Burgess studied at the Somerset House School of Design in that city. In 1849 he travelled to California to join the Gold rush. Having tried his hand at mining, he and his brother Hubert set up a jewelry shop in Sonora repairing watches and fashioning jewelry. George traveled extensively through the gold rush country chronicling his experiences through watercolors.
In 1853, he and Hubert traveled to Hawaii where George continued his watercolor painting and made drawings on stone in preparation for lithographed views of Hawaii, which were then printed by the lithographic firm Britton and Rey in San Francisco. After several years the brothers returned to California and George established a studio and embarked on a career as a professional artist. He made a living as a portrait artist, but remains best known for his paintings of the gold rush. He was a founding member of the San Francisco Art Association in 1871.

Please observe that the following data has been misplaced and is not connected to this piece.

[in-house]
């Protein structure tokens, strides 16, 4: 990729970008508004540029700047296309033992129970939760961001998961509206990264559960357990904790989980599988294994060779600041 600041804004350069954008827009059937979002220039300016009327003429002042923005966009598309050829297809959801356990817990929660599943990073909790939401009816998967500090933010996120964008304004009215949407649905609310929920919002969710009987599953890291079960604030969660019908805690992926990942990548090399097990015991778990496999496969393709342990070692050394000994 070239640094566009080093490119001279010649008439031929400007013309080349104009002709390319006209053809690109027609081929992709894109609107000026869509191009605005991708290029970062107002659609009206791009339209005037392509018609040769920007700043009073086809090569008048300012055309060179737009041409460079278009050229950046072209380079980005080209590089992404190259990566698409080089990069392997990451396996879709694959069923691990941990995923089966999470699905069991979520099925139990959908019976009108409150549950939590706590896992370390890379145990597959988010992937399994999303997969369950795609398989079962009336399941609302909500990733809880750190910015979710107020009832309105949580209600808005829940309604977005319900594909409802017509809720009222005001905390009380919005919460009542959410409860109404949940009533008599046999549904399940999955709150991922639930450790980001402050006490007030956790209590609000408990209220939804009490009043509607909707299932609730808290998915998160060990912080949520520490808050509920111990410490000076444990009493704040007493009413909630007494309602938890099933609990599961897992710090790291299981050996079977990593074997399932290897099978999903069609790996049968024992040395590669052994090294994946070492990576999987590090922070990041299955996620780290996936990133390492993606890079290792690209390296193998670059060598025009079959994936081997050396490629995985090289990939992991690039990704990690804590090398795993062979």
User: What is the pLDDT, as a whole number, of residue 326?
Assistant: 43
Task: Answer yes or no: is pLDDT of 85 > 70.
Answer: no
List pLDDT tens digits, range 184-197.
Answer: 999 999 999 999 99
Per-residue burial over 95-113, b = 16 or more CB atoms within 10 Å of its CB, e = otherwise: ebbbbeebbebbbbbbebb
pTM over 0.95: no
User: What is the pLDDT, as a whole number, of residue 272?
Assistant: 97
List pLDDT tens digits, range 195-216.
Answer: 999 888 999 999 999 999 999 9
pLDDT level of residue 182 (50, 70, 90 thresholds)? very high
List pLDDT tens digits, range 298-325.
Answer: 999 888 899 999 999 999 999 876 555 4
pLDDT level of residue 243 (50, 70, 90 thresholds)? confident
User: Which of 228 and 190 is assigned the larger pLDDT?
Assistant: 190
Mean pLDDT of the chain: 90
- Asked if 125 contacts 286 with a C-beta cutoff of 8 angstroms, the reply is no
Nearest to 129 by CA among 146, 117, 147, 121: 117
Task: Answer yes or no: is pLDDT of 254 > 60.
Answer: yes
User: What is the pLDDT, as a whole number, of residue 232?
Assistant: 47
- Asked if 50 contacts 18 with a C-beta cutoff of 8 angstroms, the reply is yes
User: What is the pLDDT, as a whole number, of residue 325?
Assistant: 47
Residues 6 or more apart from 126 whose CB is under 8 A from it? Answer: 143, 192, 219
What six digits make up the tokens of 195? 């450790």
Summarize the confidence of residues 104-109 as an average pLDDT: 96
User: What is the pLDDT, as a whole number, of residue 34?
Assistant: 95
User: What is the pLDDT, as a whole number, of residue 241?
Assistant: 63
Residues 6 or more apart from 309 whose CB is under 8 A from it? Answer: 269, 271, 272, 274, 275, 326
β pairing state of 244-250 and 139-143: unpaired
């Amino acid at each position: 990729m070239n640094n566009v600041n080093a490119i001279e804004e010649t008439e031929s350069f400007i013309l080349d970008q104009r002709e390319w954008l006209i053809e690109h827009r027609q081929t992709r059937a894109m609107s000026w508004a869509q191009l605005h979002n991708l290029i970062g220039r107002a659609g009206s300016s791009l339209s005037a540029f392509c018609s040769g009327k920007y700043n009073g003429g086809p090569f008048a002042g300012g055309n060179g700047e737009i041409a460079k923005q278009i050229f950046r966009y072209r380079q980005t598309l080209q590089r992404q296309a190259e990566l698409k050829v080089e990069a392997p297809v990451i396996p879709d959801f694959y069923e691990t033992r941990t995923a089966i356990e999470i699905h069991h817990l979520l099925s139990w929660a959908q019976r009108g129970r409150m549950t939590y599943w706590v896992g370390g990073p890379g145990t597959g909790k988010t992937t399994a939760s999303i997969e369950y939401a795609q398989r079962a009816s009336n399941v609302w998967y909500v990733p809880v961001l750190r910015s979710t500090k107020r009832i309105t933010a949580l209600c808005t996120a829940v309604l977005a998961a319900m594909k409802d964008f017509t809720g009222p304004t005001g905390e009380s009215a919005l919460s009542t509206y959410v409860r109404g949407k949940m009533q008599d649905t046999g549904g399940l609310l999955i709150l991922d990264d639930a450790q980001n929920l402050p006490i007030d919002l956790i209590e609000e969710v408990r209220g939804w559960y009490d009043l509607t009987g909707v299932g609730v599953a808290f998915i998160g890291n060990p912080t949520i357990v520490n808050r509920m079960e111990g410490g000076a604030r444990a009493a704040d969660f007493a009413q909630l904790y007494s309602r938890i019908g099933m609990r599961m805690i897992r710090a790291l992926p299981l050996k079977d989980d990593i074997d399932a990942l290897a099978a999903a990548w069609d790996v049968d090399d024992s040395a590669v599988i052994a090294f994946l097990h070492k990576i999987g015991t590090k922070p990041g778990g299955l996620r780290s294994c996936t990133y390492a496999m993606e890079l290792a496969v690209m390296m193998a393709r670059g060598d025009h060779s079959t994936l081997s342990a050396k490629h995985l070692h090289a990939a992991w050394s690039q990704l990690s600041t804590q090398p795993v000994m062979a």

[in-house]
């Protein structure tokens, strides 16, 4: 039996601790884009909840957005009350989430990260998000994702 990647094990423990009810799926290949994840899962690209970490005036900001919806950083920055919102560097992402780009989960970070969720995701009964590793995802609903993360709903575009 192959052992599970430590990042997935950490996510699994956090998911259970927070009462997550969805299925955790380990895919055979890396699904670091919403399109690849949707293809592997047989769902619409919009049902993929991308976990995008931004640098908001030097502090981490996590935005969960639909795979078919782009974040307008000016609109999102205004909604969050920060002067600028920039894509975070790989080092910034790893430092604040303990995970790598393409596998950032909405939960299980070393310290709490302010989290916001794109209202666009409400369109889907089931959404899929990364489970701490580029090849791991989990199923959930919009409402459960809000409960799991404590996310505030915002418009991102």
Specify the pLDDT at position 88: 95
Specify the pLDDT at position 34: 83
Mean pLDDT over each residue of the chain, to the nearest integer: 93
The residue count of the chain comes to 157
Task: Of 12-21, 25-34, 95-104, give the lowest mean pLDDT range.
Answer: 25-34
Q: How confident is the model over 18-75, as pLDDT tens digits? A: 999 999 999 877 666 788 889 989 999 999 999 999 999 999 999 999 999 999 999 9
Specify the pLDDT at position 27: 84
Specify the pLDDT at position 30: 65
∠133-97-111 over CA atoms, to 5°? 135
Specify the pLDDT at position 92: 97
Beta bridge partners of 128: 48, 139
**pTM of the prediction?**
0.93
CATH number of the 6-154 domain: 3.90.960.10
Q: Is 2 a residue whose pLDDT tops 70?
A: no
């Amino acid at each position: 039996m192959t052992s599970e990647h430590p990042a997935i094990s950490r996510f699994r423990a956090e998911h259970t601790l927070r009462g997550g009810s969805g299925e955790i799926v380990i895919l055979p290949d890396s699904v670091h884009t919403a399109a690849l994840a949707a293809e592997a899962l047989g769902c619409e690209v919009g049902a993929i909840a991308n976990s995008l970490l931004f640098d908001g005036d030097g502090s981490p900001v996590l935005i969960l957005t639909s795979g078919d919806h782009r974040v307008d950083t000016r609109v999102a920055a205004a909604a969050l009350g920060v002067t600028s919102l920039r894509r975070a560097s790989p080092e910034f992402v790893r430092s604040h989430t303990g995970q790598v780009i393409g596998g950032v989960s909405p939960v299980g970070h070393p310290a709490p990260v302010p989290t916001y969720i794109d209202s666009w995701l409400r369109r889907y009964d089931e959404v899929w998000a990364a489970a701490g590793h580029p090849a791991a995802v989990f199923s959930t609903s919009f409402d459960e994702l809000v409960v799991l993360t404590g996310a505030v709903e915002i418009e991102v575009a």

The Amon Carter Museum (Fort Worth, Texas), the Bancroft Library (University of California, Berkeley), the Honolulu Academy of Arts, the Oakland Museum of California (Oakland, California) and the Yosemite Museum (Yosemite National Park, California) are among the public collections holding works by George Henry Burgess.